He also reports the departure of 30/ DE 4152, a Bedford with the traditionally shaped NZMB bodywork, to MOTAT in August, 2006. (Who was the original owner of 30?)

Volvo B6 Volvo B6

Top is ex-Birkenhead 8 newly at Havelock North to become Nimons 64 and above is 10 having become 68.  The red wheels finish the attractive Nimons livery well. (Photos: Peter King)>



            Go Wellington (NZ Bus) – The two pictures below illustrate both the recent status quo and recent changes to the bus scene in Wellington City.

Volvo B58

This idyllic study of Volvo trolley 254 in Lambton Quay was taken by Alan Wickens in December, 2006.

As NZ Bus rapidly repaints buses, and is to get new trolleys, the photo almost has historic status.

Go Wellington buses

The new Wellington order is nicely caught here on 2485, 1480, and 2460, again by Alan Wickens, in February, 2007. The “Go Wellington” livery also echoes the local rugby colours. A reflected Designline rear at right shows the back-end application.

Mana Coach Services –

            Kapiti –. New, from Newlands, is 138/ DCF386, 1993 Dennis Javelin, UK bodywork. It is DP (UK description Dual Purpose seems to fit it) 49F. It has Hanover destinations and has already been used on both bus and charter work. It may be fitted with air-con. Later. The two Leylands 135 and 136 are still used, though are for sale. Volvo/Kiwi 75 has gearbox problems and 135 has replaced it on the Kapiti Commuter. 34-seat Hino 143 has done some Commuter work.

            Porirua/Newlands – The company has bought three Volvo B7R buses ex-Gobus, Hamilton and is likely to receive more from that source. The first three have F/Ns 142, 144 and 145 and are slightly shorter than those already owned – they are 43-seat not 47-seat. These first three, at least, are with Newlands.

Titahi Bay Charters and Tours and Classic Coaches – Classic Coaches sold their splendid (ex-Scenic 27) Leyland Tiger coach, BCF434,  to Titahi Bay C.and T. in early Jan 2007.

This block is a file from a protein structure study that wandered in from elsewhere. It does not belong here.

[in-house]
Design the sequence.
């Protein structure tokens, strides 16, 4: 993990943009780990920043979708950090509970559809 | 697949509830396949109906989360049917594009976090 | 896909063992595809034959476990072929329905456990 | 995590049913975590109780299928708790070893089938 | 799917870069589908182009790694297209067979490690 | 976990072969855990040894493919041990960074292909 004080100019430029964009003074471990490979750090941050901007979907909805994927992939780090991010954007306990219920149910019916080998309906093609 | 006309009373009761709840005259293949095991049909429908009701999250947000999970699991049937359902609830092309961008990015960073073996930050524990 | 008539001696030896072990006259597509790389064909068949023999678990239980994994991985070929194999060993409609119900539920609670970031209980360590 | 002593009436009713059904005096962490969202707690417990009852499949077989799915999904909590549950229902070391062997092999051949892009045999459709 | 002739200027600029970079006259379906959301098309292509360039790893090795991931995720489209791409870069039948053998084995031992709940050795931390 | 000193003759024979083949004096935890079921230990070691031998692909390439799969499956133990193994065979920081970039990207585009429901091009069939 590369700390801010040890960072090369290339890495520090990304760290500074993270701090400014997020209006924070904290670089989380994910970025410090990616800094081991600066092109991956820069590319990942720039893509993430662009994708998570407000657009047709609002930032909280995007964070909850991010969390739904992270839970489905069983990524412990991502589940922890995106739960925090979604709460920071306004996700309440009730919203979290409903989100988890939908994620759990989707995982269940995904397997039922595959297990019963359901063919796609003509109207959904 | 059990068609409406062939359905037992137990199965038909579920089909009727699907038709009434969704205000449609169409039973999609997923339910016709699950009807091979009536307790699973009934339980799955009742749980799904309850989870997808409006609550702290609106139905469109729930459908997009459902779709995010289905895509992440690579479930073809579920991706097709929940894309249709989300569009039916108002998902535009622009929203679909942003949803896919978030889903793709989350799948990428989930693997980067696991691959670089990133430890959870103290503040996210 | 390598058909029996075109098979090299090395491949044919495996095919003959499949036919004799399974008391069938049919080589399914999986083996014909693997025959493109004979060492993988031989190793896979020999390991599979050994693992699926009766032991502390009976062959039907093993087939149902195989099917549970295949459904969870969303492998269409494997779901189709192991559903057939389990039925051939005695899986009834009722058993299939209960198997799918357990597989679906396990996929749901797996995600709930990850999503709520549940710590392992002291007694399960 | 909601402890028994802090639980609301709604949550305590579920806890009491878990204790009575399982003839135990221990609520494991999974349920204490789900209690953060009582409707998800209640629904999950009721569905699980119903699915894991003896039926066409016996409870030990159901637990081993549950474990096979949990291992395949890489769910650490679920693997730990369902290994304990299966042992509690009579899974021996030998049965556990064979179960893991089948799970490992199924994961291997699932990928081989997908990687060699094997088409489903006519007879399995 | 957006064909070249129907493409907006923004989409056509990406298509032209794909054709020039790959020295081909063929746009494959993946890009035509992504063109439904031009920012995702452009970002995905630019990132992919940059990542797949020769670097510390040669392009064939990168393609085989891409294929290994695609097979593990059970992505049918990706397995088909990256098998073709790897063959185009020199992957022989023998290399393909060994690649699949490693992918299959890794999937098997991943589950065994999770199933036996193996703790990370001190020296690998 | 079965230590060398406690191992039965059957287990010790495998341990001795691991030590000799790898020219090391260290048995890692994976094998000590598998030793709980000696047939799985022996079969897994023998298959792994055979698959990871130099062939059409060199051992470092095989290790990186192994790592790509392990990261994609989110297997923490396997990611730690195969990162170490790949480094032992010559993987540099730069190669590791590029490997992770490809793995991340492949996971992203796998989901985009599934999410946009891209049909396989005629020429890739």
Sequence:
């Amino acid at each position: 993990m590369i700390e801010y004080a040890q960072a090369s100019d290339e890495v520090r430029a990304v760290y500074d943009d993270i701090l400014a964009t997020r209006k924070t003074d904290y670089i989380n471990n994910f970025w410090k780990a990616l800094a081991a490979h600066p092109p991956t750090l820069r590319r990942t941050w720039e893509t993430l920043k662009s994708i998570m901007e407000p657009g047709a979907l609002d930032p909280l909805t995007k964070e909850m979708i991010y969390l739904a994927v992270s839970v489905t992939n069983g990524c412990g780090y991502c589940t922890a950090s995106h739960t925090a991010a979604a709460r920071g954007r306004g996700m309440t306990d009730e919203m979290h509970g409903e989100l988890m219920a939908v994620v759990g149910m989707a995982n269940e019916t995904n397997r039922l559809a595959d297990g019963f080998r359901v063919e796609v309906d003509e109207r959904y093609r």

DESTINATIONS…One of the detail focuses of bus interest is the display of destinations, which can show local eccentricities and can be shown on vehicles in various ways from today’s electronic digital sophistication through roller blinds to a simple card or board in the windscreen. Following a suggestion from Morris Moller, Peter Rendall sent  current Wellington City destinations and route numbers which were published in the last RUNNING SHEET. Readers were invited to add to the list, correct things, comment or send in lists from other places, and this invitation still stands.

Note from Editor: Almost no sooner had the Wellington destinations and numbers been published than NZ Bus changed the Karori-Lyall Bay route number from 12 to 3. This is interesting as it is another tram echo. In tram days, the usual number for Lyall Bay-Railway Stn. trams was always 3, with exceptions for various peak hour workings using different city streets. This recent change leaves 12 at present unused.      




The Society’s website, masterminded by Mike Butler, is now incorporated in RUNNING SHEET’s title heading. Pay it a visit – it’s well worth it! Also, if you’ve missed or lost issues of the newsletter, back numbers are available on the website.


Editor:  Mike Secker, 63 Glen Road, Raumati South, Kapiti  5032.  Ph: (04) 902 1173  Fax: (04) 902 1174 

Mob: 027 426 7901  Email: